Scribla requests an adjournment (update)


Scribla offending

Original Story:

So back in May, this happened. Apparently, some vandals attacked the Whitehouse Institute of Design, where Tony Abbott’s political-prop offspring Frances was found to have been awarded a once off scholarship worth around $60,000. This pissed off quite a few people due to the questionable legalities of pandering to those in power – namely by awarding the daughter of a man vying for PM  a scholarship advertised nowhere else.

But the question here is, how should one accused of the above crime conduct themselves? What rights do they have as an individual?

My answer is the letter below.

Tothepresidingmagistrate (1)
It’s quite simply a request for an adjournment – appearing in court can be an easy matter, but it’s something which should be taken seriously, as it is essentially a conversation between the representative of the court, the magistrate, and yourself. So you can decide to throw that opportunity away, or make the most of it, and maybe set a precedent for those after you to follow.

I found out recently that an individual can contact the court, and the presiding magistrate, directly via email, instead of making an appearance. This was news to me, having appeared in many courts in the past for minor offences relating to my artistic endeavours.

But in this case, I think it’s worth sharing, because so many people are intimidated by the courts, especially by the idea of appearing in such a potentially intimidating atmosphere, let alone the process of actually taking time off work, or whatever, to get dressed in what you assume a judge will see as your most respectful outfit, wondering what the outcome will be.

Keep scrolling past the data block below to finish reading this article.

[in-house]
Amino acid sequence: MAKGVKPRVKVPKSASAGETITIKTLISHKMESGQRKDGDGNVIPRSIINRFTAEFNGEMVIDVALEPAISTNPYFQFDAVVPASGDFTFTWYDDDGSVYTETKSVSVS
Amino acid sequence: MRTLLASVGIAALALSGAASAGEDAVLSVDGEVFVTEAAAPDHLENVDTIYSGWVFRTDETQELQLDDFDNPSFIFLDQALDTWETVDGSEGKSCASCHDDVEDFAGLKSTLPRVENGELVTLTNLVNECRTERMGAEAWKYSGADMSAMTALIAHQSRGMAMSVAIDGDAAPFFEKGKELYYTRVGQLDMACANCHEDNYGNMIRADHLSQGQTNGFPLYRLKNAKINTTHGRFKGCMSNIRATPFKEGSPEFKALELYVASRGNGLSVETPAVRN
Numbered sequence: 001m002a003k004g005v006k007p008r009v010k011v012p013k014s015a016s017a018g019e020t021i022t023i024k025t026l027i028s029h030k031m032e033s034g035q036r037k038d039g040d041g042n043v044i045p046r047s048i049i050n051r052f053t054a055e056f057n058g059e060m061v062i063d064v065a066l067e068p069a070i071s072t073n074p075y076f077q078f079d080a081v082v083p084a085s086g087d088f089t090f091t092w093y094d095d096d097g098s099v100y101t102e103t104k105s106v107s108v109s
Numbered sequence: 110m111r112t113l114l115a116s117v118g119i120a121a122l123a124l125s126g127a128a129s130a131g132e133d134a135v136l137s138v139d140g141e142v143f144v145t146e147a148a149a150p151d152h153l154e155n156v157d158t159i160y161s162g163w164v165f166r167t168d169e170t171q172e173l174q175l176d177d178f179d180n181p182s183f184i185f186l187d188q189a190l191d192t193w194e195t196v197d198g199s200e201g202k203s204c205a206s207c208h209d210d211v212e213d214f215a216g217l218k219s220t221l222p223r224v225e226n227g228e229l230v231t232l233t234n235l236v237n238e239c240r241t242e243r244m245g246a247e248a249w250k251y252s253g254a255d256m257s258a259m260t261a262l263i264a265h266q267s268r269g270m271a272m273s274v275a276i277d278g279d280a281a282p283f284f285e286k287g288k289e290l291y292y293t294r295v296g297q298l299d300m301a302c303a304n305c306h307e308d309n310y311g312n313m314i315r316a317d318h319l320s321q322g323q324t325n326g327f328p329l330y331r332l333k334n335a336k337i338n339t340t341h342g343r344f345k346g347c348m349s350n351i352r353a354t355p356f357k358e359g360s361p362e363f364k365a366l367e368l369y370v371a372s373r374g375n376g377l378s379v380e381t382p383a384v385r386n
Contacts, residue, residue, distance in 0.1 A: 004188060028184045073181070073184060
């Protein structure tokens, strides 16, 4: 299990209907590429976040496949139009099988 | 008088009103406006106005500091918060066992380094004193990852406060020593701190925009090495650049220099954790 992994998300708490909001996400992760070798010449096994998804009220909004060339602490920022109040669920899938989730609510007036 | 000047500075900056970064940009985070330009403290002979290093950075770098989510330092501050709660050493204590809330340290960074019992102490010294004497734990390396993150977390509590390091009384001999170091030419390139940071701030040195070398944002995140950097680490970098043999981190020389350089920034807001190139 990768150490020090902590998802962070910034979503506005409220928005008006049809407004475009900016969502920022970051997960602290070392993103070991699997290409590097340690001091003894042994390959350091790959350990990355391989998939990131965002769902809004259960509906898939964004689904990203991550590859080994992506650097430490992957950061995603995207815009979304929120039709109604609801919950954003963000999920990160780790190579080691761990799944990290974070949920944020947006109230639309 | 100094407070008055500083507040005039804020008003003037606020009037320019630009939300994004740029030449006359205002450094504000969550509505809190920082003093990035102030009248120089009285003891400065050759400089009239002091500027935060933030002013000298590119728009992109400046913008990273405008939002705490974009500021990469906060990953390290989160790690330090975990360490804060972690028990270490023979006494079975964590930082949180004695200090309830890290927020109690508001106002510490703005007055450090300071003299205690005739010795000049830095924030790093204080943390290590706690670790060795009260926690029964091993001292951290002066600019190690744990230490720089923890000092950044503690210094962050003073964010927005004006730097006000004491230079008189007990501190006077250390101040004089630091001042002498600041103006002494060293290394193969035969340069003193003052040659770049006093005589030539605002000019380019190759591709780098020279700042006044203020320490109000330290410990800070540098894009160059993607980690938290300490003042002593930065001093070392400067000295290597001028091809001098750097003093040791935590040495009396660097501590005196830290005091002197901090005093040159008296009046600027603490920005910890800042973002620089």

So many of the people who appear in court do so for minor matters, without much representation, or understanding of their options, while those with access to expensive legal advice will often flout the system. It’s a case of David vs Goliath – being called before a judge whilst surrounded by the court’s administration, sometimes for matters so trivial that it hardly seems worth dedicating so much pomp and ceremony to the event.

It’s a centuries old system, in an age when technology allows for infinitely faster methods of communication. If one can respectfully communicate with others across a phone line, then why not the courts? Why build up the pretense of its unquestionable authority, in an age when we all know what goes on behind the doors of power?

When every second politician is not only distrusted, but proven to deserve that distrust, why should we blindly bow to a court which represents the very system which drags down our society?

In the words of Gene Sharp –

“The degree of liberty or tyranny in any government is in large degree a reflection of the relative determination of the subjects to be free and their willingness and ability to resist efforts to enslave them.”

Or on other words, if you play along, you’ll get played. And I don’t want that on my resume.

Scribla did appear in court, and argued that he did not recognise the court’s jurisdiction due to its residing on Aboriginal Land. He was given an adjournment of two months, during which time he contracted chicken pox. Near death, he waited until the date of the appearance, and requested a further adjournment, which the court recognised. A month later he received a fine in the post for $400, without ever pleading guilty.

The reason he was caught? He drunkenly presented himself at a Police station one morning, and confessed.

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